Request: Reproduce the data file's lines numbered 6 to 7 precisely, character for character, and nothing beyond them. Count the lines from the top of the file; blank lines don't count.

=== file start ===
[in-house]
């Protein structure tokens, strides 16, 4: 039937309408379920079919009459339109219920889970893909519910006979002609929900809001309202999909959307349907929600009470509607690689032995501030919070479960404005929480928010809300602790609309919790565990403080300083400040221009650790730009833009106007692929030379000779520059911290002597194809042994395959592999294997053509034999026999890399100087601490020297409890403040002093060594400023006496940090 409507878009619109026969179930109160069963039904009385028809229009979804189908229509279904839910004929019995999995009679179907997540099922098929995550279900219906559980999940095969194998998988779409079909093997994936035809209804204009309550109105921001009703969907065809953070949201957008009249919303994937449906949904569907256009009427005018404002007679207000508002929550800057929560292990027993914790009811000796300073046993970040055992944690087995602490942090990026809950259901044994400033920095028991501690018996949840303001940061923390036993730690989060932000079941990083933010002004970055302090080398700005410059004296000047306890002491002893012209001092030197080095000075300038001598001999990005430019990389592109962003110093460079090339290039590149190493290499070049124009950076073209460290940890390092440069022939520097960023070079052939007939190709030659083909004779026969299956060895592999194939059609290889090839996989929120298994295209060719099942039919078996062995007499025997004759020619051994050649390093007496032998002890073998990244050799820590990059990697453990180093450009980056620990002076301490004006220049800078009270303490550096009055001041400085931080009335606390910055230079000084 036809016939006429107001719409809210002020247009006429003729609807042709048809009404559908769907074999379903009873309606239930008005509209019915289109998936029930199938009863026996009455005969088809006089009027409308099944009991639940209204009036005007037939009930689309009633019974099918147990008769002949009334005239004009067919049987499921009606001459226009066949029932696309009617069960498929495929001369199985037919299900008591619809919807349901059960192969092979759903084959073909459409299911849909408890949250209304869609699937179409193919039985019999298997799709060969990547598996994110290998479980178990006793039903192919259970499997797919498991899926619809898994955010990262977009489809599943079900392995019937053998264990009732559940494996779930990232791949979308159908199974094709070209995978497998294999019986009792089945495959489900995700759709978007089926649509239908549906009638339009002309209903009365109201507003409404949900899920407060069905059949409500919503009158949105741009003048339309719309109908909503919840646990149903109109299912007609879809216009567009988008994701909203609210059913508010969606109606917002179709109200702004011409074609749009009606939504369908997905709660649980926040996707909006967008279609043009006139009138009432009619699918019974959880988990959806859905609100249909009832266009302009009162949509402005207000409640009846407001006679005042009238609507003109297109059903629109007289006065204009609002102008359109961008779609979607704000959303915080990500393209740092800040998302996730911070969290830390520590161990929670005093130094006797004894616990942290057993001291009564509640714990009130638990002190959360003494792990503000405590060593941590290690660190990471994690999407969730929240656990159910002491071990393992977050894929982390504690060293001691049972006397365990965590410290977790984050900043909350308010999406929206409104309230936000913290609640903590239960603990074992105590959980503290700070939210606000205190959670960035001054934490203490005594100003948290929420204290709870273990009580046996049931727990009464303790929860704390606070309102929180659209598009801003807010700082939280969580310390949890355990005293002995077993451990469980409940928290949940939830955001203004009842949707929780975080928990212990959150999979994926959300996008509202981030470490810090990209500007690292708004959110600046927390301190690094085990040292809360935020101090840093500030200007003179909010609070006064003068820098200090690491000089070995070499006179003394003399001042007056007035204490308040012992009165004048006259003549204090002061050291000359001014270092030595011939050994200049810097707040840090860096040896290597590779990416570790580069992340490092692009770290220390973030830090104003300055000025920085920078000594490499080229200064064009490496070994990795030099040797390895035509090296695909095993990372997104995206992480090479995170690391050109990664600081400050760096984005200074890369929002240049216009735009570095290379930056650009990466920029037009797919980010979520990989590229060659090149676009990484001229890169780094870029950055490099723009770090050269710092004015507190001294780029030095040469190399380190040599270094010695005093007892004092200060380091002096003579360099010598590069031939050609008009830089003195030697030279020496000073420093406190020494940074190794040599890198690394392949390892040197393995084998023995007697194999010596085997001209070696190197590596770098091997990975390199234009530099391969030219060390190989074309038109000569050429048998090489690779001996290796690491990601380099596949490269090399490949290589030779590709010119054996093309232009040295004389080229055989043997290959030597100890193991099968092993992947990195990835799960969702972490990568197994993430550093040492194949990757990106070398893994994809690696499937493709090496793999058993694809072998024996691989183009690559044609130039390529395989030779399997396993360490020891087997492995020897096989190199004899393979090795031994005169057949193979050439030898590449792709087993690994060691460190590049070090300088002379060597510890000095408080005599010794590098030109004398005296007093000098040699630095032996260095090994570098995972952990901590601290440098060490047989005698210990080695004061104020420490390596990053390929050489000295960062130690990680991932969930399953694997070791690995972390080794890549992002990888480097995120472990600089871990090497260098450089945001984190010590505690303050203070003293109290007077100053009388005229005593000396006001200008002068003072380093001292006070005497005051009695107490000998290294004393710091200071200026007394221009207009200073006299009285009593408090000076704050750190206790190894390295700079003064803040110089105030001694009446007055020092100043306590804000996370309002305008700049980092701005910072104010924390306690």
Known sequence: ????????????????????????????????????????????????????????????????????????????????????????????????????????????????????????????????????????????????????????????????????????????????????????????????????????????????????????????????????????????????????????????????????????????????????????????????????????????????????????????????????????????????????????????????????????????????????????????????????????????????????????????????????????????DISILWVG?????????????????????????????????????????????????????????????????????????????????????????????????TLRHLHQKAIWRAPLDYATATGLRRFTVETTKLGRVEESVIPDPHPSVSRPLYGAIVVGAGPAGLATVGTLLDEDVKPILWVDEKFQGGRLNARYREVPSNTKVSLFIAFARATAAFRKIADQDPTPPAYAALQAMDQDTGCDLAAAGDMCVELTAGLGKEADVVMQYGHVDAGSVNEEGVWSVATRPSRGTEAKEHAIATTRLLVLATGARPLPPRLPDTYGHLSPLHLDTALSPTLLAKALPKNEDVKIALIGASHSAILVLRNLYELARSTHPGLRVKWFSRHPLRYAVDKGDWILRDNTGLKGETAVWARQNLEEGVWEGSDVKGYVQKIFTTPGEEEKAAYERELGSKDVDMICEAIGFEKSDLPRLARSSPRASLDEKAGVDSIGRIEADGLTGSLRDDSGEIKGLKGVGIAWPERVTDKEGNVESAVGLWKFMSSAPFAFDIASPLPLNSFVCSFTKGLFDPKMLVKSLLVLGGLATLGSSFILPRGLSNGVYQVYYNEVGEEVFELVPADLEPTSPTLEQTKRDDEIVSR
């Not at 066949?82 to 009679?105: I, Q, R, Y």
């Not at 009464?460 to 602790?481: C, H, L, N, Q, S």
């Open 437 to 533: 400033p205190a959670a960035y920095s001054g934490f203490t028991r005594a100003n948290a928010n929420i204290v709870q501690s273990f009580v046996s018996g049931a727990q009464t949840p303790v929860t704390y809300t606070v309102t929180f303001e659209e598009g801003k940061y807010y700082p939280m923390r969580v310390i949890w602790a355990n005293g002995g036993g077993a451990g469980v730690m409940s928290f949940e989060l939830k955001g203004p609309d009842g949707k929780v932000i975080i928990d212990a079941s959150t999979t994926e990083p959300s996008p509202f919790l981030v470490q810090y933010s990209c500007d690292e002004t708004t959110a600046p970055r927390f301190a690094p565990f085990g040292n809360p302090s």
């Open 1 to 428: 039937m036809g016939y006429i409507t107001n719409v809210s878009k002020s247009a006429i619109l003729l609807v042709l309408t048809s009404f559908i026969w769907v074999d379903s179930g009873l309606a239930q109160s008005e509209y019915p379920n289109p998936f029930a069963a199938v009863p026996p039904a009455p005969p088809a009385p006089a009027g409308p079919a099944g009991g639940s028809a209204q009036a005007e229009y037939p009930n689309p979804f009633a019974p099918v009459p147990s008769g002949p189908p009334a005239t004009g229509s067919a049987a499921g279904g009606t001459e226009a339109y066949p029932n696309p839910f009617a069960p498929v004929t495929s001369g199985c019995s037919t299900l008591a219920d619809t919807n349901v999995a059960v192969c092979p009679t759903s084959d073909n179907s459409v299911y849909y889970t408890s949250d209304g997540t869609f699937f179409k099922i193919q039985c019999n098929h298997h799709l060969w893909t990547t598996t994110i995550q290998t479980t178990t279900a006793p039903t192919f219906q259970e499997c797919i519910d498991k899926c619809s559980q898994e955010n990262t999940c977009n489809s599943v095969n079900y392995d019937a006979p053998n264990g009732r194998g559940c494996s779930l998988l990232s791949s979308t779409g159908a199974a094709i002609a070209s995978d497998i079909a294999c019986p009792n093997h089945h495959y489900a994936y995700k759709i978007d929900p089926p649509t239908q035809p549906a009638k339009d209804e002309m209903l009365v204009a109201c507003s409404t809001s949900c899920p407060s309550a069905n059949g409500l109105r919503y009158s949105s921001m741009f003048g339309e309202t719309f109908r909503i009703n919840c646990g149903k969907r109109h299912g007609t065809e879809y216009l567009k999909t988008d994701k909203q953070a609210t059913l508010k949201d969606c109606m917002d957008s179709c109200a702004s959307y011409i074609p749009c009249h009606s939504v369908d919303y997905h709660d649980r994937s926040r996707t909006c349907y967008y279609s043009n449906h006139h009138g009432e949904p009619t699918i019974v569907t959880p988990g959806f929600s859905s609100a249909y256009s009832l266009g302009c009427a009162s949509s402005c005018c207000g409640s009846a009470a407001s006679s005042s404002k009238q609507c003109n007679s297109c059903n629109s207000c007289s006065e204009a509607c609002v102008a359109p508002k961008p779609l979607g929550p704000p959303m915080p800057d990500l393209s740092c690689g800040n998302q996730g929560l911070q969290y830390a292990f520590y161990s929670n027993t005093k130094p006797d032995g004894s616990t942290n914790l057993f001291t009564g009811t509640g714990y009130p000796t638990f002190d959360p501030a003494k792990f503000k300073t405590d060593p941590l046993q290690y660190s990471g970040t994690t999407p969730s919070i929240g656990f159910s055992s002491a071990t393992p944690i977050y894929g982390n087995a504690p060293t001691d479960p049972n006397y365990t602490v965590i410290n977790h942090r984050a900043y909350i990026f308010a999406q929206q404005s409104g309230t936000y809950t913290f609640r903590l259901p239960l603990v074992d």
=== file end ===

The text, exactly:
């Open 437 to 533: 400033p205190a959670a960035y920095s001054g934490f203490t028991r005594a100003n948290a928010n929420i204290v709870q501690s273990f009580v046996s018996g049931a727990q009464t949840p303790v929860t704390y809300t606070v309102t929180f303001e659209e598009g801003k940061y807010y700082p939280m923390r969580v310390i949890w602790a355990n005293g002995g036993g077993a451990g469980v730690m409940s928290f949940e989060l939830k955001g203004p609309d009842g949707k929780v932000i975080i928990d212990a079941s959150t999979t994926e990083p959300s996008p509202f919790l981030v470490q810090y933010s990209c500007d690292e002004t708004t959110a600046p970055r927390f301190a690094p565990f085990g040292n809360p302090s």
């Open 1 to 428: 039937m036809g016939y006429i409507t107001n719409v809210s878009k002020s247009a006429i619109l003729l609807v042709l309408t048809s009404f559908i026969w769907v074999d379903s179930g009873l309606a239930q109160s008005e509209y019915p379920n289109p998936f029930a069963a199938v009863p026996p039904a009455p005969p088809a009385p006089a009027g409308p079919a099944g009991g639940s028809a209204q009036a005007e229009y037939p009930n689309p979804f009633a019974p099918v009459p147990s008769g002949p189908p009334a005239t004009g229509s067919a049987a499921g279904g009606t001459e226009a339109y066949p029932n696309p839910f009617a069960p498929v004929t495929s001369g199985c019995s037919t299900l008591a219920d619809t919807n349901v999995a059960v192969c092979p009679t759903s084959d073909n179907s459409v299911y849909y889970t408890s949250d209304g997540t869609f699937f179409k099922i193919q039985c019999n098929h298997h799709l060969w893909t990547t598996t994110i995550q290998t479980t178990t279900a006793p039903t192919f219906q259970e499997c797919i519910d498991k899926c619809s559980q898994e955010n990262t999940c977009n489809s599943v095969n079900y392995d019937a006979p053998n264990g009732r194998g559940c494996s779930l998988l990232s791949s979308t779409g159908a199974a094709i002609a070209s995978d497998i079909a294999c019986p009792n093997h089945h495959y489900a994936y995700k759709i978007d929900p089926p649509t239908q035809p549906a009638k339009d209804e002309m209903l009365v204009a109201c507003s409404t809001s949900c899920p407060s309550a069905n059949g409500l109105r919503y009158s949105s921001m741009f003048g339309e309202t719309f109908r909503i009703n919840c646990g149903k969907r109109h299912g007609t065809e879809y216009l567009k999909t988008d994701k909203q953070a609210t059913l508010k949201d969606c109606m917002d957008s179709c109200a702004s959307y011409i074609p749009c009249h009606s939504v369908d919303y997905h709660d649980r994937s926040r996707t909006c349907y967008y279609s043009n449906h006139h009138g009432e949904p009619t699918i019974v569907t959880p988990g959806f929600s859905s609100a249909y256009s009832l266009g302009c009427a009162s949509s402005c005018c207000g409640s009846a009470a407001s006679s005042s404002k009238q609507c003109n007679s297109c059903n629109s207000c007289s006065e204009a509607c609002v102008a359109p508002k961008p779609l979607g929550p704000p959303m915080p800057d990500l393209s740092c690689g800040n998302q996730g929560l911070q969290y830390a292990f520590y161990s929670n027993t005093k130094p006797d032995g004894s616990t942290n914790l057993f001291t009564g009811t509640g714990y009130p000796t638990f002190d959360p501030a003494k792990f503000k300073t405590d060593p941590l046993q290690y660190s990471g970040t994690t999407p969730s919070i929240g656990f159910s055992s002491a071990t393992p944690i977050y894929g982390n087995a504690p060293t001691d479960p049972n006397y365990t602490v965590i410290n977790h942090r984050a900043y909350i990026f308010a999406q929206q404005s409104g309230t936000y809950t913290f609640r903590l259901p239960l603990v074992d």